My philosophy of teaching comes from a wide variety of experience. I have enjoyed teaching positions at community colleges, universities, and flight schools. Though my experience is broad, I have developed a firm grasp my own philosophy of education. Education is a wonderful discipline because we as educators are always striving to learn the next great educational technique and pedagogy. However, one aspect of education that I bring to the forefront is the student themselves. Without an understanding of the physical, emotional, and psycho-social aspects of learning, an educator may not find themselves effective. As students advance through different levels of education, it is paramount that I am able to encourage students to think not only of themselves, but to think of all of humanity while they go through their studies. As Aristotle has said, ‘It is the mark of an educated mind to consider all possibilities without accepting them as true.’ I can only hope that I allow my students to further develop their educated minds. It is also my hope to implement an environment that encourages students to be critical thinkers of the world, and to encourage critical thinking in their own families and environments years after they have had a class of mine.

 

Aristotle

“It is the mark of an educated mind to consider all possibilities without accepting them as true.”

As an instructor, it is my job to make sure that students are meeting the goals for not only their courses, but also for their future lives. Personally, I hold myself accountable every semester and in every class to allow the students to see how the material we cover in a class strongly relates to their own personal lives, even when the connection is not obvious. I strongly believe that preparing lessons and activities that include questions that ask the students to call upon current information in the course and tie it back to the course objectives is one of the best ways to incorporate these objectives, but in a way that asks the students to make the connection. As I believe that challenging the students to go deeper than just the surface level of information from the class, providing activities and incorporating discussion questions really asks them to think about these course objectives in more broad and applicable ways than simply in my class.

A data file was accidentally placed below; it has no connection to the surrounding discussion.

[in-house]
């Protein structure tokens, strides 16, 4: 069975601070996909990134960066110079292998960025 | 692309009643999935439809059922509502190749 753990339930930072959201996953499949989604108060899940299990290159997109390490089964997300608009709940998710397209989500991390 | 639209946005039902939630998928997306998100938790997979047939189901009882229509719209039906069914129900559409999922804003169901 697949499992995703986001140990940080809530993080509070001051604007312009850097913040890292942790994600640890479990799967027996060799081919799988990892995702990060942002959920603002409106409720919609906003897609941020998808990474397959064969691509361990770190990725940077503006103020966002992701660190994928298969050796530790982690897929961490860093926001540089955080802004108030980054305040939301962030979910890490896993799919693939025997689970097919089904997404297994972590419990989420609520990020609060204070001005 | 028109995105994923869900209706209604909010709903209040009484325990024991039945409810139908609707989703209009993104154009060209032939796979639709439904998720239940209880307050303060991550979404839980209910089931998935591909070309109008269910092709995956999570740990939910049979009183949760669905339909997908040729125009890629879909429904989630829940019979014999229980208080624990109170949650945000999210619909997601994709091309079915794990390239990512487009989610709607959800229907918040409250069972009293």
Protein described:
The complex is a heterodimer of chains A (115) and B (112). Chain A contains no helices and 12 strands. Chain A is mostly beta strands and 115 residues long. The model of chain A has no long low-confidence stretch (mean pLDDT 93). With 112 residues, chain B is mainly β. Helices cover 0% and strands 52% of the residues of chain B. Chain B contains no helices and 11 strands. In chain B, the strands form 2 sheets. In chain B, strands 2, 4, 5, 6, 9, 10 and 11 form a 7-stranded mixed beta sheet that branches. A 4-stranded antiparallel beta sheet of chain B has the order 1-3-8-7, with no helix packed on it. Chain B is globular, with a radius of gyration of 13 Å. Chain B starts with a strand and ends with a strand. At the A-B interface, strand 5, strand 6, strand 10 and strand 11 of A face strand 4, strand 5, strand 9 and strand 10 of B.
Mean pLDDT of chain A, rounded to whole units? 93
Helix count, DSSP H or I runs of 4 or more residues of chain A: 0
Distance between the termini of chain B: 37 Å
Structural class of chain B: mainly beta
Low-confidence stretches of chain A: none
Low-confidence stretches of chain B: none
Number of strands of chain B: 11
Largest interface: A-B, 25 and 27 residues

It is my hope that my classroom is a place where students feel safe and comfortable enough to discuss ideas and ask questions of me and their fellow classmates. Being able to ask questions of peers and the instructor are important in fostering learning for students. I also believe it is important for students to voice their concerns without fear of retribution. Not every student will like the way the course that I teach is designed, and that is their right. I feel that students should be able to come to me with those concerns knowing that I respect how they feel and try to understand why they feel that way. It is also my hope that an enriching environment is created through the use of collaboration groups that students are in all semester. I believe that this provides students with the opportunity to discuss ideas in a manner that is conducive to working with one another and being able to come to a consensus. Both individual work and group work are highly valued in my class, as both skills are absolutely necessary for success in the real world.

My philosophy takes the position that learning is an individual experience and process. There are absolutely overarching theories that contribute to the understanding of learning, but each individual must discover what learning is to them. Each learner must find the personal value in the information being presented and find that motivation to go beyond the surface level of what is being presented. The process through which learners discover these ideas is one that is likely to change as learners grow and mature and experience new phenomena in their lives. I hope to be at once a facilitator, guide, and advocate for each student as they learn.